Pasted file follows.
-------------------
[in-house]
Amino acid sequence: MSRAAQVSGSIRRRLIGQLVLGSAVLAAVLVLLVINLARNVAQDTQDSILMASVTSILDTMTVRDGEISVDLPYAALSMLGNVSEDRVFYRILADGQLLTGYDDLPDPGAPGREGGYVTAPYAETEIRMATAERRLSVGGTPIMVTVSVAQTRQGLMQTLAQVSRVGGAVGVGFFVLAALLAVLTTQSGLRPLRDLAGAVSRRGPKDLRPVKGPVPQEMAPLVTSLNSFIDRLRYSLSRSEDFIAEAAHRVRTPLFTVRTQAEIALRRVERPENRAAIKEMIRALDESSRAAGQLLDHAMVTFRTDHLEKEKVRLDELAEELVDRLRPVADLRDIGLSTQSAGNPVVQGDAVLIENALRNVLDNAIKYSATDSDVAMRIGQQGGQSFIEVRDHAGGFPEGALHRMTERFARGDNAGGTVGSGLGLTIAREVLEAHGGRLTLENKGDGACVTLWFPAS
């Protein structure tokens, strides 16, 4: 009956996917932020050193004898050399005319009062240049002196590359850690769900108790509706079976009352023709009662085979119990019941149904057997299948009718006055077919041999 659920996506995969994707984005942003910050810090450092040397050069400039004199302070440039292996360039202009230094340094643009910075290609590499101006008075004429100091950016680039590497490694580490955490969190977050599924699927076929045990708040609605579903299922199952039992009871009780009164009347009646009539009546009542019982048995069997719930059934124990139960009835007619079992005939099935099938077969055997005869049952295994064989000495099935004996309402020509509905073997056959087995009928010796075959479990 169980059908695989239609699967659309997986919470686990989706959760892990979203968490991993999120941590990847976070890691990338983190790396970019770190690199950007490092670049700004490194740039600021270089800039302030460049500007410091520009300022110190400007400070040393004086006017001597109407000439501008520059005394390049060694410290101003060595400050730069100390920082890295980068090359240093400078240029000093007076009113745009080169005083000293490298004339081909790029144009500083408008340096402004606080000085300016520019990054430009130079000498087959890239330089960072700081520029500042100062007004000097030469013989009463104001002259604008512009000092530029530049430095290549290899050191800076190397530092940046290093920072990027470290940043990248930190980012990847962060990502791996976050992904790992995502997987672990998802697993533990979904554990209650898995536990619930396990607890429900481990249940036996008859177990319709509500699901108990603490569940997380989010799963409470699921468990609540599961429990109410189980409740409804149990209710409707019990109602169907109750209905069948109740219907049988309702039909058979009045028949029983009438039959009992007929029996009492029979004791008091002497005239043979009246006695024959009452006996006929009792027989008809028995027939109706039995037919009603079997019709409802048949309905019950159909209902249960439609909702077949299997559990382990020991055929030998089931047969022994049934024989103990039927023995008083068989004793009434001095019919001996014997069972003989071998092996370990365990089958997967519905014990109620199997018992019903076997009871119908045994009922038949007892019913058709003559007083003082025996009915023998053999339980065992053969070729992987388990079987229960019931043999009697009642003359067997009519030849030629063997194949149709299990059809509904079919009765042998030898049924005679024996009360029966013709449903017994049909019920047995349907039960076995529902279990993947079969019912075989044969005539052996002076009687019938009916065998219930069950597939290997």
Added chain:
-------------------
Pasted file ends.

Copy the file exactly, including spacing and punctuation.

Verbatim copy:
[in-house]
Amino acid sequence: MSRAAQVSGSIRRRLIGQLVLGSAVLAAVLVLLVINLARNVAQDTQDSILMASVTSILDTMTVRDGEISVDLPYAALSMLGNVSEDRVFYRILADGQLLTGYDDLPDPGAPGREGGYVTAPYAETEIRMATAERRLSVGGTPIMVTVSVAQTRQGLMQTLAQVSRVGGAVGVGFFVLAALLAVLTTQSGLRPLRDLAGAVSRRGPKDLRPVKGPVPQEMAPLVTSLNSFIDRLRYSLSRSEDFIAEAAHRVRTPLFTVRTQAEIALRRVERPENRAAIKEMIRALDESSRAAGQLLDHAMVTFRTDHLEKEKVRLDELAEELVDRLRPVADLRDIGLSTQSAGNPVVQGDAVLIENALRNVLDNAIKYSATDSDVAMRIGQQGGQSFIEVRDHAGGFPEGALHRMTERFARGDNAGGTVGSGLGLTIAREVLEAHGGRLTLENKGDGACVTLWFPAS
């Protein structure tokens, strides 16, 4: 009956996917932020050193004898050399005319009062240049002196590359850690769900108790509706079976009352023709009662085979119990019941149904057997299948009718006055077919041999 659920996506995969994707984005942003910050810090450092040397050069400039004199302070440039292996360039202009230094340094643009910075290609590499101006008075004429100091950016680039590497490694580490955490969190977050599924699927076929045990708040609605579903299922199952039992009871009780009164009347009646009539009546009542019982048995069997719930059934124990139960009835007619079992005939099935099938077969055997005869049952295994064989000495099935004996309402020509509905073997056959087995009928010796075959479990 169980059908695989239609699967659309997986919470686990989706959760892990979203968490991993999120941590990847976070890691990338983190790396970019770190690199950007490092670049700004490194740039600021270089800039302030460049500007410091520009300022110190400007400070040393004086006017001597109407000439501008520059005394390049060694410290101003060595400050730069100390920082890295980068090359240093400078240029000093007076009113745009080169005083000293490298004339081909790029144009500083408008340096402004606080000085300016520019990054430009130079000498087959890239330089960072700081520029500042100062007004000097030469013989009463104001002259604008512009000092530029530049430095290549290899050191800076190397530092940046290093920072990027470290940043990248930190980012990847962060990502791996976050992904790992995502997987672990998802697993533990979904554990209650898995536990619930396990607890429900481990249940036996008859177990319709509500699901108990603490569940997380989010799963409470699921468990609540599961429990109410189980409740409804149990209710409707019990109602169907109750209905069948109740219907049988309702039909058979009045028949029983009438039959009992007929029996009492029979004791008091002497005239043979009246006695024959009452006996006929009792027989008809028995027939109706039995037919009603079997019709409802048949309905019950159909209902249960439609909702077949299997559990382990020991055929030998089931047969022994049934024989103990039927023995008083068989004793009434001095019919001996014997069972003989071998092996370990365990089958997967519905014990109620199997018992019903076997009871119908045994009922038949007892019913058709003559007083003082025996009915023998053999339980065992053969070729992987388990079987229960019931043999009697009642003359067997009519030849030629063997194949149709299990059809509904079919009765042998030898049924005679024996009360029966013709449903017994049909019920047995349907039960076995529902279990993947079969019912075989044969005539052996002076009687019938009916065998219930069950597939290997």
Added chain: